This is an epic week for science in Brisbane! Lots of experts are in town for the World Science Festival. The astrophysics group from my uni, the University of Queensland, had lunch today with Josh Frieman (from Chicago) and Douglass Scott (from Vancouver). I had a great time.
Frieman is the director of the Dark Energy Survey (DES), a large international collaboration which is mapping the skies to measure the expansion of the universe by dark energy. Probably every local at lunch except me was a member of either the Australian version “AusDES”, and/or the Australian astrophysics organisation “CAASTRO” which also shouted lunch incidentally. (My research in relativity is a little different from these groups, being more theoretical, but they are the closest I have to a research community here, and so I was very happy to be invited! A big thank-you to Tamara who is conscientious about that.)
I had a good chat with Douglas, whom I was sitting next to. He shared with the table about one of his students who is studying modified gravity theories (that is, other than Einstein’s general relativity), and how every 3 months he knocks on Douglas’ door with another discovery about why general relativity is superior. He generously asked me about my research, and I explained my analysis of distances in relativity, though it might sound trivial. I also mentioned black hole volumes and new coordinate system(s) I had discovered, and that just recently I had been learning about rotating black holes to potentially extend these results to that situation, which I believe no-one has done before apart from a few specific cases.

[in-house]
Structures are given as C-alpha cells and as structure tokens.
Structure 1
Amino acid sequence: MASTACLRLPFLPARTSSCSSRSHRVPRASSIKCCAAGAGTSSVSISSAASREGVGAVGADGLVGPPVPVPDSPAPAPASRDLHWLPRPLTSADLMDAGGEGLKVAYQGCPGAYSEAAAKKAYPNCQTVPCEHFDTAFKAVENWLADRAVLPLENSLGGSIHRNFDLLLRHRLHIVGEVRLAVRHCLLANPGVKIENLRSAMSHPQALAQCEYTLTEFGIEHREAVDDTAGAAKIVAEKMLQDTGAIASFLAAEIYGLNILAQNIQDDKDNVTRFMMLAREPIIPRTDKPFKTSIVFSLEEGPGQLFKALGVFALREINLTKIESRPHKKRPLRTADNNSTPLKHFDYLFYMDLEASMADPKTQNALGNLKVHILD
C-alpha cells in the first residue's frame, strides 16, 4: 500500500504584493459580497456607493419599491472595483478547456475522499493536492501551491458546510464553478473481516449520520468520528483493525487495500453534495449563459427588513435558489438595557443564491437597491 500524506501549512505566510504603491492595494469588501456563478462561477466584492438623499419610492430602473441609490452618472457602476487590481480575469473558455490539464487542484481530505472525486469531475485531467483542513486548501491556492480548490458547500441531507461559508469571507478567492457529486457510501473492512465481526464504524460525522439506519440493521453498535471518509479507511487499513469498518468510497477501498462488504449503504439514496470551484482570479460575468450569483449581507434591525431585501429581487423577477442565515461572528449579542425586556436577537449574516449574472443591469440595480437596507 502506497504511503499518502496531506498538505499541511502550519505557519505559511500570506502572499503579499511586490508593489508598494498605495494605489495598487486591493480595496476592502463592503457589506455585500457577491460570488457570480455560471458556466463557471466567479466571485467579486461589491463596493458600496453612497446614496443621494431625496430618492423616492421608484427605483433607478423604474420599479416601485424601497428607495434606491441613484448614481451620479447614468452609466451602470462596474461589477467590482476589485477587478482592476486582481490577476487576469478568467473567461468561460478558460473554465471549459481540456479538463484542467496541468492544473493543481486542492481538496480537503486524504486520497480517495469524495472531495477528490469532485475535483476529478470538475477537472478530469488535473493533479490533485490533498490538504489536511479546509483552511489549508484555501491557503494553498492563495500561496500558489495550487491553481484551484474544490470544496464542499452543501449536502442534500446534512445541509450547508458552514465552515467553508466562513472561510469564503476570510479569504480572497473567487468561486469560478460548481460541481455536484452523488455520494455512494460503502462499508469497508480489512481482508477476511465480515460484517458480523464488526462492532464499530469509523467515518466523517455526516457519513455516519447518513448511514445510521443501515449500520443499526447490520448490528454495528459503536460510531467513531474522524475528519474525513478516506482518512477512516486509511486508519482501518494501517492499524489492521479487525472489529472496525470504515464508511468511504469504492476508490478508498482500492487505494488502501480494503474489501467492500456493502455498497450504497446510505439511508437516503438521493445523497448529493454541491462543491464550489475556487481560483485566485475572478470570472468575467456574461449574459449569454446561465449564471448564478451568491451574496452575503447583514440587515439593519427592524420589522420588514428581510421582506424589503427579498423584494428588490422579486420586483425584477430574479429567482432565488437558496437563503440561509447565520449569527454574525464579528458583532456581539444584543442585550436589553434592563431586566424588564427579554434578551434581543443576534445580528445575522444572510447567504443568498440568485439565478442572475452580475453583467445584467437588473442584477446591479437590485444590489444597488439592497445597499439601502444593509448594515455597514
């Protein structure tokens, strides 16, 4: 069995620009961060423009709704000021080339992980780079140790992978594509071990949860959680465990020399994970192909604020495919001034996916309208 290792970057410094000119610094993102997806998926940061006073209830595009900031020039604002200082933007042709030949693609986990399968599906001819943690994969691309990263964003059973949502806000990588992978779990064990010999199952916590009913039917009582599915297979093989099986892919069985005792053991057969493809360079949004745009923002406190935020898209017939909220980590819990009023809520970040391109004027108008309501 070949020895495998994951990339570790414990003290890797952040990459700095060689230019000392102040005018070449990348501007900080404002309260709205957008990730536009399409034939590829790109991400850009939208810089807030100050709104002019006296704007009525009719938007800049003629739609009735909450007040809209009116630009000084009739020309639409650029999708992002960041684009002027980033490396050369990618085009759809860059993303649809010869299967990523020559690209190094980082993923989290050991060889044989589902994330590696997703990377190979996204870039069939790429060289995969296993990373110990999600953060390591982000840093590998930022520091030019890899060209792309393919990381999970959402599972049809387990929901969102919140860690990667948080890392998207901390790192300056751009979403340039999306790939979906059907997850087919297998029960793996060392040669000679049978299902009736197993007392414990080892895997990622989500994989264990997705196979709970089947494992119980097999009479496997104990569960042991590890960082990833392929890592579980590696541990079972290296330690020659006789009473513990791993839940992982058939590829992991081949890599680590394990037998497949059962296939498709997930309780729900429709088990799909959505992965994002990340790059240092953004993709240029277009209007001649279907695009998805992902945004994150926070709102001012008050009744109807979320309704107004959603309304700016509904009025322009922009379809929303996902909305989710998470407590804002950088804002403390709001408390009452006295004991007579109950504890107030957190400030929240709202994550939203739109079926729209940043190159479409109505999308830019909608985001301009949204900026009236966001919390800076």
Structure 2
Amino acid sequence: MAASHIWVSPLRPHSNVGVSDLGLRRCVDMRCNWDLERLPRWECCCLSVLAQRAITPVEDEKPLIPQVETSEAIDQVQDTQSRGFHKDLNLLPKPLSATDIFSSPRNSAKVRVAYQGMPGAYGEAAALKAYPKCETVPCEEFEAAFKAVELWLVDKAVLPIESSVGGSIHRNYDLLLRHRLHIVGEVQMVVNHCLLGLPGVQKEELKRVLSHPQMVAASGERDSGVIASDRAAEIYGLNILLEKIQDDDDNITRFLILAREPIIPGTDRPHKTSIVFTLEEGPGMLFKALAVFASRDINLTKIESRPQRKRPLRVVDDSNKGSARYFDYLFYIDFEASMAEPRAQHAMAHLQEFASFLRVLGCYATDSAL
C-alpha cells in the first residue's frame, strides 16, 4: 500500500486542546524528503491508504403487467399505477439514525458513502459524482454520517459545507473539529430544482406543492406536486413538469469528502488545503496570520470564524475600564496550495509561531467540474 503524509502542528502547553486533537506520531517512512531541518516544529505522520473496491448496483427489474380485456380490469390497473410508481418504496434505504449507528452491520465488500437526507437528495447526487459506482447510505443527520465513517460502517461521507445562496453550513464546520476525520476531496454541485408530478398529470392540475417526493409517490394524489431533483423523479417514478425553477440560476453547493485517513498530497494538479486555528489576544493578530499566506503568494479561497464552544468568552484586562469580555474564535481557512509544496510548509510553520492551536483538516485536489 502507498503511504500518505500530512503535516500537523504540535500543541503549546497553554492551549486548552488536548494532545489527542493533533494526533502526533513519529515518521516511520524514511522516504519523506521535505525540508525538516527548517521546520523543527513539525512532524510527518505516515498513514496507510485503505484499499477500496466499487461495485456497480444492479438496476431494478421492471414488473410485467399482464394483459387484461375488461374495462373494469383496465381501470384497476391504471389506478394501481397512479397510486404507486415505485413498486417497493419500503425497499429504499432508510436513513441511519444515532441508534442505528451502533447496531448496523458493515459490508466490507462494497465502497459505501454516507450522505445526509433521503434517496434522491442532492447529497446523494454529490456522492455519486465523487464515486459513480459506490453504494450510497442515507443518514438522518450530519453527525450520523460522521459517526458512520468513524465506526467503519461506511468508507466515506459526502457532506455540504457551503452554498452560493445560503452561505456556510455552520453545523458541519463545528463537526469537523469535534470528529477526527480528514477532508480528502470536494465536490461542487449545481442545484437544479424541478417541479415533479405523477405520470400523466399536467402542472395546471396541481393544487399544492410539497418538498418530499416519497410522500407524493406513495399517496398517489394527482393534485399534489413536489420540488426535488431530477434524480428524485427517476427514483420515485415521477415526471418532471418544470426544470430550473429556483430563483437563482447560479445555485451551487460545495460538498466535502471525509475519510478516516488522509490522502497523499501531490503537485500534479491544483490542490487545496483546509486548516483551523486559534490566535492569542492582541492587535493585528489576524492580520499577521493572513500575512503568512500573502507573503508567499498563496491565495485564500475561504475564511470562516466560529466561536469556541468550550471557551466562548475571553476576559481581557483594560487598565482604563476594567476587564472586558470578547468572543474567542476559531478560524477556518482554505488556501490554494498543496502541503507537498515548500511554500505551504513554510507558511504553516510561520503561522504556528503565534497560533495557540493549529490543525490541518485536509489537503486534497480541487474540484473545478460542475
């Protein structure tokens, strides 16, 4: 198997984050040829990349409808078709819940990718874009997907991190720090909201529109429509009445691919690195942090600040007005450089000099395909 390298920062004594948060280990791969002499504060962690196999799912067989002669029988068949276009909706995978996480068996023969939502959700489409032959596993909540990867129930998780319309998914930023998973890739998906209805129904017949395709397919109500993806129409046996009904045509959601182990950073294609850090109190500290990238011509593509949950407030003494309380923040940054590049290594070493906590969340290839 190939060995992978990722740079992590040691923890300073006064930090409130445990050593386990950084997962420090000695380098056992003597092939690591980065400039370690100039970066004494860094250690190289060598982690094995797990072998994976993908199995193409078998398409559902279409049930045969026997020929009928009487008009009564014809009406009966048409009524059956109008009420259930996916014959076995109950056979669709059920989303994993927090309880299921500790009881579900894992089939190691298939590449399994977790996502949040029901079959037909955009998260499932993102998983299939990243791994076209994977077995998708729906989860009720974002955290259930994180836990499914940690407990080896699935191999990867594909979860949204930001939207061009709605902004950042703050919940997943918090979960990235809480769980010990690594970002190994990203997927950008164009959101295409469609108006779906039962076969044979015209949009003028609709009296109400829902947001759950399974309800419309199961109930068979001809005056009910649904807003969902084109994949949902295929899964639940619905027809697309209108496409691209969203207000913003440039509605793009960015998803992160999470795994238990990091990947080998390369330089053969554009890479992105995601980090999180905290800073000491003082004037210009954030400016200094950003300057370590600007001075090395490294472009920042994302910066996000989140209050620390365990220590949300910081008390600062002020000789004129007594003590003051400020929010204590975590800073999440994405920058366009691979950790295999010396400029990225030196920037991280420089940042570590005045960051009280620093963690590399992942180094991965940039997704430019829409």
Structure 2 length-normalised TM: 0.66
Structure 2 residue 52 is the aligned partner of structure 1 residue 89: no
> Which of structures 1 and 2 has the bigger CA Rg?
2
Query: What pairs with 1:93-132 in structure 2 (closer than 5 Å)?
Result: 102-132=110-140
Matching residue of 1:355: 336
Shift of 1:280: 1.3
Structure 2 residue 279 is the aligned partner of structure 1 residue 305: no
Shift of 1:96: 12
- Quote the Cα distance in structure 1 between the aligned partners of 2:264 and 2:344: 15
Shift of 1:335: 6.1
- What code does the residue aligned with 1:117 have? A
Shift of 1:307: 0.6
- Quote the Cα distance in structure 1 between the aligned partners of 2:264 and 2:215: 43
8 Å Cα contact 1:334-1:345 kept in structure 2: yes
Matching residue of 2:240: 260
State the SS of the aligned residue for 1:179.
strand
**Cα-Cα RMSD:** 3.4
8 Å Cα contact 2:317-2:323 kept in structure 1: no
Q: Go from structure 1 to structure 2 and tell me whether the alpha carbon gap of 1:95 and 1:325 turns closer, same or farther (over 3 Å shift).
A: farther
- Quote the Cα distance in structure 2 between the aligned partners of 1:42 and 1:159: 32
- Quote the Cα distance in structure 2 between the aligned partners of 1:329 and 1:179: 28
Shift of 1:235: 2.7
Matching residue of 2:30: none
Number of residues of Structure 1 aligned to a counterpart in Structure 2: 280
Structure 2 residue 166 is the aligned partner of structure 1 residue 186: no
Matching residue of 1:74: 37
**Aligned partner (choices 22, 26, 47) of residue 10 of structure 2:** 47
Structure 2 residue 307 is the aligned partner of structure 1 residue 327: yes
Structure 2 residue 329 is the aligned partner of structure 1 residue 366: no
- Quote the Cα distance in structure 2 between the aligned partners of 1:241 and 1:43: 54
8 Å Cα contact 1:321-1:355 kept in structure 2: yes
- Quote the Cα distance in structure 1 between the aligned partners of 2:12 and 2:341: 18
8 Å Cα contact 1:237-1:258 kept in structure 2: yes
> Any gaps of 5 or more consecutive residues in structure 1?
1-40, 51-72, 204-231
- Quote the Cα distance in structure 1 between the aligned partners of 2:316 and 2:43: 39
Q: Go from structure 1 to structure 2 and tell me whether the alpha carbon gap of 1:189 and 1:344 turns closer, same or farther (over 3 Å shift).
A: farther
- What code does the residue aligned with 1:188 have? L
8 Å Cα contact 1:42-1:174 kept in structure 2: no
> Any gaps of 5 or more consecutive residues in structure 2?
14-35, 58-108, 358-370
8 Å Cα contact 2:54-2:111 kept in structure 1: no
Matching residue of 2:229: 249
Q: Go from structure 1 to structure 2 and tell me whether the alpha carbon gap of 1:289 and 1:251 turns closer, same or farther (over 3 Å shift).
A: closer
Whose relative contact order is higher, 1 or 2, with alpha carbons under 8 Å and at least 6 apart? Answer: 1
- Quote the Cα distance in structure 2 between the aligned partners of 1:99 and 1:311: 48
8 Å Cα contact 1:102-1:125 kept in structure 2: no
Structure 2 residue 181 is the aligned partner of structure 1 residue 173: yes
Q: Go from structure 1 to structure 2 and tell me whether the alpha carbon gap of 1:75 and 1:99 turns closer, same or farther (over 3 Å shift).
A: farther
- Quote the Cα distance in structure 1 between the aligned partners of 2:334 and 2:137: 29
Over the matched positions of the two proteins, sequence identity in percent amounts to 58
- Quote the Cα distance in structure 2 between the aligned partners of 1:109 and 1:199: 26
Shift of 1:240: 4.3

While Josh (Frieman) is in town for the science festival, Douglas is in Australia to visit a couple of universities. It also turned out he’s going to a music festival tonight, and I joked that his real ulterior motive had come out! He admitted he once gave a talk at Caltech partly because his favourite band was playing in Los Angeles. Tamara left for the science festival. I had a haircut this morning, thinking I should clean up in case I met some of the celebrity physicists in town but, as you can see from the top photo, a shave was beyond me at this point.